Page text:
Being Mindful of World Health Day

This article first appeared on Australia’s national forum, Online Opinion.

© Stock photos/Glowimages – models used for illustrative purpose

© Stock photos/Glowimages – models used for illustrative purpose

There’ll be a functional cure for AIDs; your brain waves will be able to be manipulated to jog memory or scratch bad recollections; and, bandages will indicate how healing is progressing. These are just three of the many amazing medical breakthroughs that could become reality within the next 10-20 years, according to a recent Brisbane Times report on groundbreaking Melbourne-based research.

While these innovations focus very much on a biomedical approach to treating disease, there are another group of international researchers who are finding equally amazing results through the use of placebos. These treatments are often dispensed as inert sugar pills or ‘pretend operations’ whereby a patient’s belief in their efficacy and/or the authority of the dispensing doctor, results in improvement or healing.

Did you know that the placebo effect can produce higher test scores? Or that simply picking up a bottle of pills (and putting them straight back down again) can effect healing?Continue Reading

Ageing gracefully or ageless grace?

© Stock photos/Glowimages – model used for illustrative purpose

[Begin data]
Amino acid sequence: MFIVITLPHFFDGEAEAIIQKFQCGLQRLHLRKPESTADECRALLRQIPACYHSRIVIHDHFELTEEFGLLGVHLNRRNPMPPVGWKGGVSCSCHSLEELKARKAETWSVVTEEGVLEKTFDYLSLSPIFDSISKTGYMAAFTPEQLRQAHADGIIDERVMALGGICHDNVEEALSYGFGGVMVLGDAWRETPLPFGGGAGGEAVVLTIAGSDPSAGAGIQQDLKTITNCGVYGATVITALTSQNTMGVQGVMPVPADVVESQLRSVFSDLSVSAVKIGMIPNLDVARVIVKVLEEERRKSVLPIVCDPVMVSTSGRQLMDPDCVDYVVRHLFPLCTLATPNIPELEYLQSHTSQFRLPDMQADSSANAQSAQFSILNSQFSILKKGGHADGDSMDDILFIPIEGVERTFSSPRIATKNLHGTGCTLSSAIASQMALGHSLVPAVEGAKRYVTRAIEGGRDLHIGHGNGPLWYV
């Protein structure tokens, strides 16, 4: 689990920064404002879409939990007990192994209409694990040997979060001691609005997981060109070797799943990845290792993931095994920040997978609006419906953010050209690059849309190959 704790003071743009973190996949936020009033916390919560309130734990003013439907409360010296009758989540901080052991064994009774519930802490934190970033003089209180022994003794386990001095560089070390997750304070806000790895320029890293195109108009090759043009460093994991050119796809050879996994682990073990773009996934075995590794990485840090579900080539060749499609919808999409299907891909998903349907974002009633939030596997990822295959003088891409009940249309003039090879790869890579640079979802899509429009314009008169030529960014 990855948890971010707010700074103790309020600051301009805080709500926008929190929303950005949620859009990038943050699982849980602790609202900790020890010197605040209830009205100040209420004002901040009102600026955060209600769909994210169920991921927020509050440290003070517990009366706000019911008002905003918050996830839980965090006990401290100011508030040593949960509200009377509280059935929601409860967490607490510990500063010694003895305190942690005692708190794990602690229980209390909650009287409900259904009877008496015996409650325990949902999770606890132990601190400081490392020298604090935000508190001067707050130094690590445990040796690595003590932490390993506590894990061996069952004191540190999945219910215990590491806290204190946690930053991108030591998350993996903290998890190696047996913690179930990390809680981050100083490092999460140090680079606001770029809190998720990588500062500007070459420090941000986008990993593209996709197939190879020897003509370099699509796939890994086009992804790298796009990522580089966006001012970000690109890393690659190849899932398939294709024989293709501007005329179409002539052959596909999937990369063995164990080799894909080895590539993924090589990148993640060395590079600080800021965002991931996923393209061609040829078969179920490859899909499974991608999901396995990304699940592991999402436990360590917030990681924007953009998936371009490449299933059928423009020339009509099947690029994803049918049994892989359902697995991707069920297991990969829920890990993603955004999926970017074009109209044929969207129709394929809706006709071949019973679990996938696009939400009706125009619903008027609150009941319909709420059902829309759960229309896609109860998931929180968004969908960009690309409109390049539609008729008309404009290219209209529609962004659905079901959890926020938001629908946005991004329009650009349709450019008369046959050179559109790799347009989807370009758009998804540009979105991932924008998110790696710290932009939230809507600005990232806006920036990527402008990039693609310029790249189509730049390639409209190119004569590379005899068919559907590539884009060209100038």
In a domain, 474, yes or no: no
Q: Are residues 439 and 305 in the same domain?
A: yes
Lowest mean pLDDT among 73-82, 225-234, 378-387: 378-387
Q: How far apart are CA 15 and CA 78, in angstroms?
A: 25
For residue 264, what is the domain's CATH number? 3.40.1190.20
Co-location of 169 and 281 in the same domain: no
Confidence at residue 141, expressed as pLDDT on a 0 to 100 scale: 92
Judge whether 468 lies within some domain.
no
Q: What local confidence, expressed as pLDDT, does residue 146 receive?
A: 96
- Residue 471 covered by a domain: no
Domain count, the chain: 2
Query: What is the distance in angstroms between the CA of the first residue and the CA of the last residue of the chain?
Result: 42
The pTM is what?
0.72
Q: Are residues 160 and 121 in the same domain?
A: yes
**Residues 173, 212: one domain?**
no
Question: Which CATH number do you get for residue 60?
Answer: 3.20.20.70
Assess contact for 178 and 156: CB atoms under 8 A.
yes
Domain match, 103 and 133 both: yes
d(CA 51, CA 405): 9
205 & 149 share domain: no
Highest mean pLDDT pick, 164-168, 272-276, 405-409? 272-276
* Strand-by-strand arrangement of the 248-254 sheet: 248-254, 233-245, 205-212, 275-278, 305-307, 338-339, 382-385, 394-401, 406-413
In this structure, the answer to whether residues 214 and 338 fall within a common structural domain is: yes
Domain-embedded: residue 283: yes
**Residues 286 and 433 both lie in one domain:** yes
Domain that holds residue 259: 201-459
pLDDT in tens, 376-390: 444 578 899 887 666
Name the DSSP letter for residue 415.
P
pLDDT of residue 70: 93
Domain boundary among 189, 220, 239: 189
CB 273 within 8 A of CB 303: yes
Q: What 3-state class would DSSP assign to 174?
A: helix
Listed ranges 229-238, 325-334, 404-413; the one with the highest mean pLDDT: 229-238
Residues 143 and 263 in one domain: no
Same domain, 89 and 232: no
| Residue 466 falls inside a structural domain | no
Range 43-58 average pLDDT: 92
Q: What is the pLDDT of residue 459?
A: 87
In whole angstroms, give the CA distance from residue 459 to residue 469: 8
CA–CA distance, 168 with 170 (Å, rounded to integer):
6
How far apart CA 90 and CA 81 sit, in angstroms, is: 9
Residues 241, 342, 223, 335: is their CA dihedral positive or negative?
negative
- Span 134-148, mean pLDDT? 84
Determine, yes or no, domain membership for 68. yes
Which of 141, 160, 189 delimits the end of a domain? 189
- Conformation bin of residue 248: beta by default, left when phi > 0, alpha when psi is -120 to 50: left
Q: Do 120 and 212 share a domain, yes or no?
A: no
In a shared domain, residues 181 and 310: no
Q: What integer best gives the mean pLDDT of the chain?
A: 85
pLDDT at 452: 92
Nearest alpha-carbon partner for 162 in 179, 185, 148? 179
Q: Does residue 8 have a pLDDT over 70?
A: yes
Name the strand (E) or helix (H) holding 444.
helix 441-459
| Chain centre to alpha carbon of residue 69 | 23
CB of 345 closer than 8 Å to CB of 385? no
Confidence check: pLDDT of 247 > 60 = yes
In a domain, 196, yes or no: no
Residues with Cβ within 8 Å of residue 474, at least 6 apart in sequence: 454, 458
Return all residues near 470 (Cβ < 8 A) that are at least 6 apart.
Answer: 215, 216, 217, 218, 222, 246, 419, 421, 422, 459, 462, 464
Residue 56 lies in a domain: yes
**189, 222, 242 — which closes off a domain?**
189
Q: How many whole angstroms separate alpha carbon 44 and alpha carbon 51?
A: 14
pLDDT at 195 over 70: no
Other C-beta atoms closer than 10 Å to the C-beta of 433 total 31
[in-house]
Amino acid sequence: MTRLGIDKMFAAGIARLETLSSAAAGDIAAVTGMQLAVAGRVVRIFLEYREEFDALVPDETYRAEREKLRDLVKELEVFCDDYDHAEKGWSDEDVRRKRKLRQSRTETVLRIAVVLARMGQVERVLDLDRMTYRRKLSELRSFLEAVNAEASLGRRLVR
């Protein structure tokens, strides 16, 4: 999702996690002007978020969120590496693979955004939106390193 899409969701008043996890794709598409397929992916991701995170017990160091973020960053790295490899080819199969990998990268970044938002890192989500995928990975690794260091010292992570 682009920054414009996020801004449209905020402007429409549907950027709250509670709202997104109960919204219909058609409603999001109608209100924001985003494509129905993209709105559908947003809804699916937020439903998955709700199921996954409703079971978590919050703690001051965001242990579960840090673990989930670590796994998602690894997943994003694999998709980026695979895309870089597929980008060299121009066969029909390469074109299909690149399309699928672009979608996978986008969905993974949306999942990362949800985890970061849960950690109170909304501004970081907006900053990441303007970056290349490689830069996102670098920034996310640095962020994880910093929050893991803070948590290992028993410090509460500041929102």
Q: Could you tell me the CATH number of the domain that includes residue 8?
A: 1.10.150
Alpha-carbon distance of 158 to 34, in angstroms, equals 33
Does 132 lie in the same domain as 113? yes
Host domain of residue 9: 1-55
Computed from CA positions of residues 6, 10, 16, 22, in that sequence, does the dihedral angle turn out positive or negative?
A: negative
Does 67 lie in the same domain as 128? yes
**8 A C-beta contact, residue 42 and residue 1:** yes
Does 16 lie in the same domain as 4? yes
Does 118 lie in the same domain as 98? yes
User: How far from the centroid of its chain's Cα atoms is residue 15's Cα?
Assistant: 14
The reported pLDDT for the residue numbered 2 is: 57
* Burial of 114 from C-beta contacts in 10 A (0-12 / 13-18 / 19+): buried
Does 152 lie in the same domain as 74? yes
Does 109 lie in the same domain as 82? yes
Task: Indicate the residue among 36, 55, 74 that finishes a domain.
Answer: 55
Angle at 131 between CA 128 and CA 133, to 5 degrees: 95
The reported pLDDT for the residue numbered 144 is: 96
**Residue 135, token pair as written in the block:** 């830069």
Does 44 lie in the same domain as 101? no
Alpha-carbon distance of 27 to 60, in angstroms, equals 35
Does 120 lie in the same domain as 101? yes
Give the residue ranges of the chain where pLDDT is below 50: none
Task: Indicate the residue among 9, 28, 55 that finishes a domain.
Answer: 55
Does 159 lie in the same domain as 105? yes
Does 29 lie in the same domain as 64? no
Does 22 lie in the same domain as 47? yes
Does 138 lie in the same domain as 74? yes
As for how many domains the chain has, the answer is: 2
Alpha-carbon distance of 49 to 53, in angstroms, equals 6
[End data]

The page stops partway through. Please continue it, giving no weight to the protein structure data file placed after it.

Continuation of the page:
© Stock photos/Glowimages – model used for illustrative purpose

This blog was first published on these APN news sites: Sunshine Coast Daily, Bundaberg NewsMail and Tweed MyDailyNews.

“Aging is not lost youth but a new stage of opportunity and strength.” ~ Betty Friedan

“Men do not quit playing because they grow old; they grow old because they quit playing.” ~ Oliver Wendell Holmes

“You are as young as your faith, as old as your doubt; as young as your self-confidence, as old as your fear; as young as your hope, as old as your despair.” ~ Douglas MacArthur

“We are not victims of aging, sickness, and death. These are part of scenery, not the seer, who is immune to any form of change. This seer is the spirit, the expression of eternal being.” ~ Deepak Chopra

Great thinkers throughout time reveal that being old is very much about your attitude or state of mind. I’ve seen people in their 20s who seem old and others in their 90s who appear youthful.

Older Aussies might be whingeing themselves into an early grave, according to new research linking life-expectancy with attitude. Apparently, approaching old age with negative expectations can directly affect how long you liveContinue Reading